On five of six days this year following U.S. central bank interest rate decisions, bitcoin’s price has reversed course from its previous direction.
BTC’s price has fallen on three occasions after rising sharply on the day of Fed rate hikes, and it has risen on two other days after falling when the Fed also raised interest rates. On one occasion, BTC’s price rose on the day of a Fed rate hike and continued its upward momentum the next day.
Analysts say that the quick reversals underline investors desire to take profits quickly or extricate themselves from riskier assets amid a volatile macroeconomic environment. These investors have been trying to anticipate crypto markets' direction further afield following Fed decisions, which can have a deep impact on the economy.
“A lot of the times, the very first move is not the move that sustains because that’s the position adjusting mode,” Bob Iacchino, Path Trading Partners co-founder and chief market strategist, said. “In other words, people have positions based on what they think the result is going to be, and when they get the exact result, they exit positions.”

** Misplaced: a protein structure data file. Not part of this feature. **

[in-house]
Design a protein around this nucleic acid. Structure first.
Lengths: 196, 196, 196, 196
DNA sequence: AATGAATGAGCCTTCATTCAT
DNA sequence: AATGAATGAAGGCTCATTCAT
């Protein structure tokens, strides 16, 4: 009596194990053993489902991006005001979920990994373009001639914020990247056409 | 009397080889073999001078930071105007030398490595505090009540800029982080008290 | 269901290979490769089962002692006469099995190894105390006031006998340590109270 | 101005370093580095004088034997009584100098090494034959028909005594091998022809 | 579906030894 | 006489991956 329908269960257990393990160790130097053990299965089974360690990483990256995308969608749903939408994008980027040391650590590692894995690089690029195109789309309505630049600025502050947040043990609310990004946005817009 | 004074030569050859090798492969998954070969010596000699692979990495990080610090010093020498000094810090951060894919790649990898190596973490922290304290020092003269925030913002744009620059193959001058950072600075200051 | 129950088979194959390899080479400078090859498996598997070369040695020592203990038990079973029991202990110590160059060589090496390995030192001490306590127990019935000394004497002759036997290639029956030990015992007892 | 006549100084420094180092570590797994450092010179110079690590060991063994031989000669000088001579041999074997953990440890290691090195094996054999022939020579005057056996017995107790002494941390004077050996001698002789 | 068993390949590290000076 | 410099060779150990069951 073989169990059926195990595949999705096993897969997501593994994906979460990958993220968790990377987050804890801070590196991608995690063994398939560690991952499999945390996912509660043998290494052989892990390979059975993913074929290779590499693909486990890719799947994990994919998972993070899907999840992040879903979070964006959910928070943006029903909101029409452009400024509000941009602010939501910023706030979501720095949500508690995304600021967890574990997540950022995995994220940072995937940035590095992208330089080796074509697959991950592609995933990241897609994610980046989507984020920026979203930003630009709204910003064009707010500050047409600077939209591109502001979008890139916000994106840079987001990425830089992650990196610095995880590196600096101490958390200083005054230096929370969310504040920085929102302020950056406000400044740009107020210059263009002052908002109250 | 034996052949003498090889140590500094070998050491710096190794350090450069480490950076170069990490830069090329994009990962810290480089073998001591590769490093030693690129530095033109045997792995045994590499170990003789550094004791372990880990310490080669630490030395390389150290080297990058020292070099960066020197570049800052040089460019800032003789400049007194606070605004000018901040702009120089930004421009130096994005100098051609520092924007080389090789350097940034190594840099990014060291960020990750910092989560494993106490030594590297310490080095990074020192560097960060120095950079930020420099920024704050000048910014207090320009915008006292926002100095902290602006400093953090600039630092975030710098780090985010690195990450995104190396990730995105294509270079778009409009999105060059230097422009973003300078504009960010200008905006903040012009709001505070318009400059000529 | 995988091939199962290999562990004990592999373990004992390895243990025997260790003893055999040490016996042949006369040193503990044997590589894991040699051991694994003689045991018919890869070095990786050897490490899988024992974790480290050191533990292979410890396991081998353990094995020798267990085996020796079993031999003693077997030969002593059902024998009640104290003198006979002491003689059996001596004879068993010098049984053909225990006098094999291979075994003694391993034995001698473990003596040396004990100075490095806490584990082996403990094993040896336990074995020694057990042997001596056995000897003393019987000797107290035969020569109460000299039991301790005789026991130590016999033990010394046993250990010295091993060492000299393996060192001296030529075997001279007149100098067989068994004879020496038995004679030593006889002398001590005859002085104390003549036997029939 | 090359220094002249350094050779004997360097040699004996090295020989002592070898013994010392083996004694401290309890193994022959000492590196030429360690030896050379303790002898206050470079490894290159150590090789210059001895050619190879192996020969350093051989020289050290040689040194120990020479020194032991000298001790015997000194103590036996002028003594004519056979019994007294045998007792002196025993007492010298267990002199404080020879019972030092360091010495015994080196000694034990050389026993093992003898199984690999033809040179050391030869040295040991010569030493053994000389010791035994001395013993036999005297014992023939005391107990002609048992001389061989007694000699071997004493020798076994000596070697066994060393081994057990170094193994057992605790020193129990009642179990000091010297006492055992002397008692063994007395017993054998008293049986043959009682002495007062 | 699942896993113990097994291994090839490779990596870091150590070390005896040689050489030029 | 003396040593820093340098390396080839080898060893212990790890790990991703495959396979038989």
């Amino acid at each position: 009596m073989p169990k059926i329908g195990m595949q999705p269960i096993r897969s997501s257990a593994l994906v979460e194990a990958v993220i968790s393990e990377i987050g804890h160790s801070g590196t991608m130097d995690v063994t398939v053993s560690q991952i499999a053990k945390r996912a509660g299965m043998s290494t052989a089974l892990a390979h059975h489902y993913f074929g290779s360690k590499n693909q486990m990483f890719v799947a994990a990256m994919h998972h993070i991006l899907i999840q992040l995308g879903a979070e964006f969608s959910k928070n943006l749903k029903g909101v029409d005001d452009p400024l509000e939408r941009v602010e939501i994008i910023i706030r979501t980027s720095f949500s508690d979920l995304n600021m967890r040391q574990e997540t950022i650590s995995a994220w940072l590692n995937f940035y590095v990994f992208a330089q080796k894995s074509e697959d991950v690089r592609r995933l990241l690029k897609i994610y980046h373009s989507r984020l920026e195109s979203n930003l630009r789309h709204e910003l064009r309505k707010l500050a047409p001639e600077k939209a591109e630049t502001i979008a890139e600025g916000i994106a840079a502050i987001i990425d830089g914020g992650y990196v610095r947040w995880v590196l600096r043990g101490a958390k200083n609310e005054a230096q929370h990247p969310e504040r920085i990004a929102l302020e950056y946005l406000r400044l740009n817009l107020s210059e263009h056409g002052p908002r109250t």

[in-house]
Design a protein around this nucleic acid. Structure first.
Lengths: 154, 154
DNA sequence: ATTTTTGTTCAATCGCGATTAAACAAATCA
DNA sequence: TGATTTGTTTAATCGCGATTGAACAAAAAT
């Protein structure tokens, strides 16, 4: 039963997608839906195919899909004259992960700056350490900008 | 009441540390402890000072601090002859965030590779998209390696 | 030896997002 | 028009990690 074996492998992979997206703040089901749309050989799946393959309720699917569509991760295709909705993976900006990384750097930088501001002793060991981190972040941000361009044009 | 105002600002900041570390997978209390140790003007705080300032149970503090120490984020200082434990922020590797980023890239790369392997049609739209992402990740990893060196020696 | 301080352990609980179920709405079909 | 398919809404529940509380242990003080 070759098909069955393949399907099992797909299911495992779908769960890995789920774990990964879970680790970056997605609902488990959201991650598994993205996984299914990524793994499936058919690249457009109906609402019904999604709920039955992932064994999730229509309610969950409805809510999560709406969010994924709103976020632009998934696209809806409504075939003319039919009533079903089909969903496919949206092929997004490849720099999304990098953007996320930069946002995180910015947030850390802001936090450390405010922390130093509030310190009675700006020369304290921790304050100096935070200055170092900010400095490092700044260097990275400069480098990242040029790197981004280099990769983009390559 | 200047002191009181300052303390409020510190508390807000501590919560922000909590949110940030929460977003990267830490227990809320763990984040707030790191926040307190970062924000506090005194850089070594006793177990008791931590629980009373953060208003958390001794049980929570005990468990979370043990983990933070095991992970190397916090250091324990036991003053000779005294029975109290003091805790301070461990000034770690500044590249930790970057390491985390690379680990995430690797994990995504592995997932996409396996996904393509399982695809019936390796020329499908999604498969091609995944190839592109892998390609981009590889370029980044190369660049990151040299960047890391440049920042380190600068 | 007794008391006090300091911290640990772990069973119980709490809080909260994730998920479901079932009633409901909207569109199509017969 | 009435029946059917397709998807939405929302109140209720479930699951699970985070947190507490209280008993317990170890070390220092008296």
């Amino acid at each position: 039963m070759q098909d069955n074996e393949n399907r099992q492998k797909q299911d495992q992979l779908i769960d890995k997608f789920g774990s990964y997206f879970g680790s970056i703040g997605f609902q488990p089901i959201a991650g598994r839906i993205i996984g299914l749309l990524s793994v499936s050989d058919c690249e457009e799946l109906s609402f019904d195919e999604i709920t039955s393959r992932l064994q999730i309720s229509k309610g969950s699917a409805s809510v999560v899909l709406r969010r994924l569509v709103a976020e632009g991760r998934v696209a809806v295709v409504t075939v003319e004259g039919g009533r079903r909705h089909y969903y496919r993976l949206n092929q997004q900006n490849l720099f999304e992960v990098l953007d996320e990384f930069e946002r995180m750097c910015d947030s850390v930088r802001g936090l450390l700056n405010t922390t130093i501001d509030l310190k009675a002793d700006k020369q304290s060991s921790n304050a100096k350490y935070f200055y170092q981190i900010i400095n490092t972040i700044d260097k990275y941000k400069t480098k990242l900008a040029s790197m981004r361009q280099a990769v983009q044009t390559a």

On May 4, for example, when the Federal Open Market Committee (FOMC) announced that it would raise interest rates by 50 basis points, or a 0.5 percentage point, bitcoin jumped 5.2% as traders welcomed the Fed’s hawkishness in its ongoing attempt to tame inflation. However, the following day, bitcoin dropped 8%.
On June 15, bitcoin surged 2% after the Fed boosted rates by 75 basis points, escalating its inflation-fighting efforts. But on June 16, BTC dropped 9.7%.
Crypto markets’ reversals on days following Fed rate hikes have veered from equity markets’ performances on these days.
For example, on only two of the six Fed decision days this year, in June and July, did the S&P 500 reverse the next day. Otherwise, the S&P has followed its previous course.
“The S&P 500 is much more absorbed into day-to-day investing, so there’s a lot less volatility,” Iaccino said. Crypto traders, on the other hand, are “entrenched emotionally in what this asset is,” he said.
In general, volatility before and after Fed days has been more intense than typical for all asset classes, Oanda Senior Market Analyst Edward Moya said. “Normally, we see limited posturing before Fed decisions, but this year was different as everyone was trying to get ahead of when the Fed pivot will happen,” he said.
This will likely continue to be the case until the Fed is widely believed to be done tightening, Moya said.
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